Loan sharks bring old foes together

IN this season of goodwill, an old cynic is positively uplifted as Glasgow's Labour and SNP councillors sing from the same Christmas song sheet.

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They have parked party politics in a bid to direct ill will towards legal loan sharks.

These austere times have seen a payday lender shop slither on to almost every high street, usually sandwiched between a bookies, a charity shop, or a takeaway.

You've also seen their telly ads, seducing the desperate and the unwary to borrow £100 and pay back £125 next month.

Nothing wrong with that, you may think, a reasonable and invaluable service.

But they fail to mention eye-watering interest rates, rising into the thousands if you don't repay on time.

Glasgow Labour MP Ann McKechin even Tweeted about a staggering loan APR of 7.2million%.

Only Westminster can legislate to curb payday predators, but we know Tory history with fat-cat companies.

Multi millionaire Adrian Beecroft, chairman of Dawn Capital who have a large stockholding in Wonga, is a Tory adviser and major party contributor.

Councillors want Glasgow to emulate Dundee and block access to payday websites from council-owned computers, such as in libraries. It smacks a bit of the nanny state, but at least they recognise something must be done.

If it prods their colleagues at Holyrood into action then so much the better.

Internet lending is one of the few UK growth industries, and no wonder.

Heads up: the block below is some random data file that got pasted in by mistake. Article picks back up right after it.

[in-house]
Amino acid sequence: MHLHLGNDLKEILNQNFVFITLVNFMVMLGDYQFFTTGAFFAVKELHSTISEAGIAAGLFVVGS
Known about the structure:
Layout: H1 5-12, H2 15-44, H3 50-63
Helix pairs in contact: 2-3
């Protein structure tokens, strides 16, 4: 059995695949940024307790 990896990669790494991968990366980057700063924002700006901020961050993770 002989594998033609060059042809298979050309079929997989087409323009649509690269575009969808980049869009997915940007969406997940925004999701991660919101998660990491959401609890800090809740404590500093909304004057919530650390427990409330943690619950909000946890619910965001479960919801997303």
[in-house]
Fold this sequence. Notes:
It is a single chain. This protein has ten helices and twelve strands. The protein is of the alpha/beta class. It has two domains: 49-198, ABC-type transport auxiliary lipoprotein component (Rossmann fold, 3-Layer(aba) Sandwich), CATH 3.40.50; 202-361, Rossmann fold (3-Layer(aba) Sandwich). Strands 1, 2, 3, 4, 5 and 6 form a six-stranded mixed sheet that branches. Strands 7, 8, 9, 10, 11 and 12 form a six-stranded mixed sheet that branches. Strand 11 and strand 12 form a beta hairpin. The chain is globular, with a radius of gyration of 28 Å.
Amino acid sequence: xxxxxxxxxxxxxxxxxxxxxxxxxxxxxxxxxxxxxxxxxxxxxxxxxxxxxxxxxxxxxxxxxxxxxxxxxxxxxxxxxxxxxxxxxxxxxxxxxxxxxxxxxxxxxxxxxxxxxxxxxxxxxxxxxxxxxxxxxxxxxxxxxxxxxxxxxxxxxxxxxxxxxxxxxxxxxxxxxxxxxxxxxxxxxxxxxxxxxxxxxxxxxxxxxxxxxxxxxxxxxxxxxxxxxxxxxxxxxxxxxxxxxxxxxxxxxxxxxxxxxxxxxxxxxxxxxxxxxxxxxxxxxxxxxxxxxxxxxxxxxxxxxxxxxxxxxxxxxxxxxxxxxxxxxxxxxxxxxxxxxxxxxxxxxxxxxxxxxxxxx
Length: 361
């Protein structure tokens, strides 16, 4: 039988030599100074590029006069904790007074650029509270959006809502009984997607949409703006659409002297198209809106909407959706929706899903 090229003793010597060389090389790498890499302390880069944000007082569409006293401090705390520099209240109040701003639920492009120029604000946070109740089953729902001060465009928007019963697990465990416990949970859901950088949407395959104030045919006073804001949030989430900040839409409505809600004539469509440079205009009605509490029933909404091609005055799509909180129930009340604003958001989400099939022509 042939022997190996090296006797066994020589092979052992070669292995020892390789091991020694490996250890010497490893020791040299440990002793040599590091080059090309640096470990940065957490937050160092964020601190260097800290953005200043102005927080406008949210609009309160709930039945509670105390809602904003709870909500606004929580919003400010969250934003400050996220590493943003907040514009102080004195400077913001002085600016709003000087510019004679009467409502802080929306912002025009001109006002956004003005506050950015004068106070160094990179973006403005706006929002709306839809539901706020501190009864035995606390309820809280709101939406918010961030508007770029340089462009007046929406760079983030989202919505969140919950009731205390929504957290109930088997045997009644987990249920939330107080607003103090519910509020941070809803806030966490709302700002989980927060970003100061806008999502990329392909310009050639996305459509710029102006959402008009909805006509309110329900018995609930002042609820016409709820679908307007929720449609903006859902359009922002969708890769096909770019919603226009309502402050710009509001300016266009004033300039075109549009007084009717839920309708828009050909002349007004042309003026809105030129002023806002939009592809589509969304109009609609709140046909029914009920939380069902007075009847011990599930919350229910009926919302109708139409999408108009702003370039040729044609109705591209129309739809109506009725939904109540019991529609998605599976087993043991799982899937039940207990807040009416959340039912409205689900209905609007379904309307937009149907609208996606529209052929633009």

Regulation-free UK is open sesame for payday lenders, who can't operate with such impunity even in America.

Legislation is meant to be on the way from a new Financial Conduct Authority, when it's hoped astronomical interest rates may be capped, if not banned.

But new laws will not come into force before 2014. The snouts will be deep in the trough until then.

The Office of Fair Trading is investigating 20 payday lenders.

How about stopping payday lenders dipping uninvited into customers' bank accounts if they miss a payment?

These firms know that half of borrowers can't repay loans.

So it's immoral that people already heavily in debt are offered even more money. Debt counselling is what they need, and I don't mean payday helplines at 10p-a-minute.

Some people are desperate through no fault of their own, such as redundancy.

THEY will use loans to pay rent, heating bills and food and repay them.

But many become trapped in a debt spiral, borrowing from one lender to pay another (the supposedly better-off do exactly the same, juggling debt between credit cards). Others just as poor get by without running up heavy debt.

They can't afford booze, fags, mobile contracts, Sky TV, must-have pressies for the kids. So they do without, like your granny did.

Unfortunately, in today's throwaway, must-have society, too many don't know the difference between want and need.

I suggest the Coalition divert some foreign aid billions to our trusty credit unions. Unlike corrupt current recipients – and UK banks – they may get their money back.

Finance

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